Last week I wrote
about how you can generate ssh keys on your Yubikeys and use them. There is
another way of keeping your ssh keys secure, that is using your already
existing OpenPGP key (along with authentication subkey) on a Yubikey and use it
In this post I am not going to explain the steps on how to move your key to a
Yubikey, but only the steps required to start using it for
ssh access. Feel
free to have a look at Tumpa if you want an easy way to
upload keys to your card.
Enabling gpg-agent for ssh
First we have to add
gpg-agent.conf file with correct configuration. Remember
to use a different
pinentry program if you are on Mac or KDE.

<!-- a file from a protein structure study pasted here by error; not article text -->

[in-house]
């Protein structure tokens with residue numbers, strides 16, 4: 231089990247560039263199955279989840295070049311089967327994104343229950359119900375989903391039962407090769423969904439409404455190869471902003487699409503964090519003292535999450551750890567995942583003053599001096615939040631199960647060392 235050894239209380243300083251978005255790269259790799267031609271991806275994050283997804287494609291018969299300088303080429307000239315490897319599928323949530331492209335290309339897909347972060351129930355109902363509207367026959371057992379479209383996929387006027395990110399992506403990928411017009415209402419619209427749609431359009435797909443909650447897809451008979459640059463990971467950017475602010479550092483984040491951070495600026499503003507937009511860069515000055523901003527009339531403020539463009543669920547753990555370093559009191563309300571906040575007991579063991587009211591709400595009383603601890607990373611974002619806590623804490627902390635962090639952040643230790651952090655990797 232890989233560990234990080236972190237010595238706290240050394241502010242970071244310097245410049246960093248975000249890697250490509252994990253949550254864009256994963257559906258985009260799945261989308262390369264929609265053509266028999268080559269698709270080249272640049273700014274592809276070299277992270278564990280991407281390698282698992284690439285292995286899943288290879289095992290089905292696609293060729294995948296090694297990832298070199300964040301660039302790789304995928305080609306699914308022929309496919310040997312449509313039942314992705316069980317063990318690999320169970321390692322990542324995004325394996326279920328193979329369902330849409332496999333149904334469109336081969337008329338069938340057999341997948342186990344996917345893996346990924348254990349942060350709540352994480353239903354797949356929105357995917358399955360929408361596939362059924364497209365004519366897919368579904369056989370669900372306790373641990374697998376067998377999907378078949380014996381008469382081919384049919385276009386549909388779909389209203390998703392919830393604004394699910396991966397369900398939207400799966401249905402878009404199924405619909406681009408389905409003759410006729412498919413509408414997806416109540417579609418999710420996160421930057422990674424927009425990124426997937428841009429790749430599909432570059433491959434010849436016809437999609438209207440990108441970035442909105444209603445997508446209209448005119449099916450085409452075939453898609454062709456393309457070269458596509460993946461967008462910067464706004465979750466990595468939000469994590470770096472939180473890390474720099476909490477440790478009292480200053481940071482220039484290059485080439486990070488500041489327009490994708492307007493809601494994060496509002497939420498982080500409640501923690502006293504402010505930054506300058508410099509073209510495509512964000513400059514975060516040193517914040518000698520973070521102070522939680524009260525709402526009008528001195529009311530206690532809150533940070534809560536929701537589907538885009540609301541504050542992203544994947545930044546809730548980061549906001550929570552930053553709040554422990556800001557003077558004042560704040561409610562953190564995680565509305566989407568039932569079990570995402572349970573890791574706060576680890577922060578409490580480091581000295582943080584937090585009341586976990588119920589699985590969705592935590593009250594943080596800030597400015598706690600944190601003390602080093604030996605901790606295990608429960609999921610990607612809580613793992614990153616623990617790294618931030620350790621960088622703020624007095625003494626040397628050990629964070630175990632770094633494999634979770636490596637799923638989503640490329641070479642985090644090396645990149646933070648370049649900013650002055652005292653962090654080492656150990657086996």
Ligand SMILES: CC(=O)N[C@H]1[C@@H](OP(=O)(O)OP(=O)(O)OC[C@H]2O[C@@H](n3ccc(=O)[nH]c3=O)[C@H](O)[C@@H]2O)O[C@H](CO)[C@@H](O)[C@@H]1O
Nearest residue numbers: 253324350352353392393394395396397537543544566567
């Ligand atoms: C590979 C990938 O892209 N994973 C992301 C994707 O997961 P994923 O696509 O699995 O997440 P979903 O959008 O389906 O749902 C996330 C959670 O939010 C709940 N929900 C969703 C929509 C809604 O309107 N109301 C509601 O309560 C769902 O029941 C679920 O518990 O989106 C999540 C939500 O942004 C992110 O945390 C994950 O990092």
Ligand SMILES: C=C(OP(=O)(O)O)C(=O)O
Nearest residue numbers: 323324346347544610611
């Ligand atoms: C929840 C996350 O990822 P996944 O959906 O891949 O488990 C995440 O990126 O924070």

❯ echo "enable-ssh-support" >> ~/.gnupg/gpg-agent.conf ❯ echo "pinentry-program $(which pinentry-gnome)" >> ~/.gnupg/gpg-agent.conf ❯ echo "export SSH_AUTH_SOCK=$(gpgconf --list-dirs agent-ssh-socket)" >> ~/.bash_profile ❯ source ~/.bash_profile ❯ gpg --export-ssh-key <KEYID> > ~/.ssh/id_rsa_yubikey.pub
At this moment your public key (for ssh usage) is at
~/.ssh/id_rsa_yubikey.pub file. You can use it in the
~/.ssh/authorized_keys file on the servers as required.
We can then restart the
gpg-agent using the following command and then also
verify that the card is attached and
gpg-agent can find it.
❯ gpgconf --kill gpg-agent ❯ gpg --card-status
Enabling touch policy on the card
We should also enable touch policy on the card for authentication operation. This means every time you will try to
ssh using the Yubikey, you will
have to touch the interface (it will be flashing the light till you touch it).
❯ ykman openpgp keys set-touch aut On Enter Admin PIN: Set touch policy of authentication key to on? [y/N]: y
If you still have servers where you have only the old key,
ssh client will be smart enough to ask you the passphrase for those keys.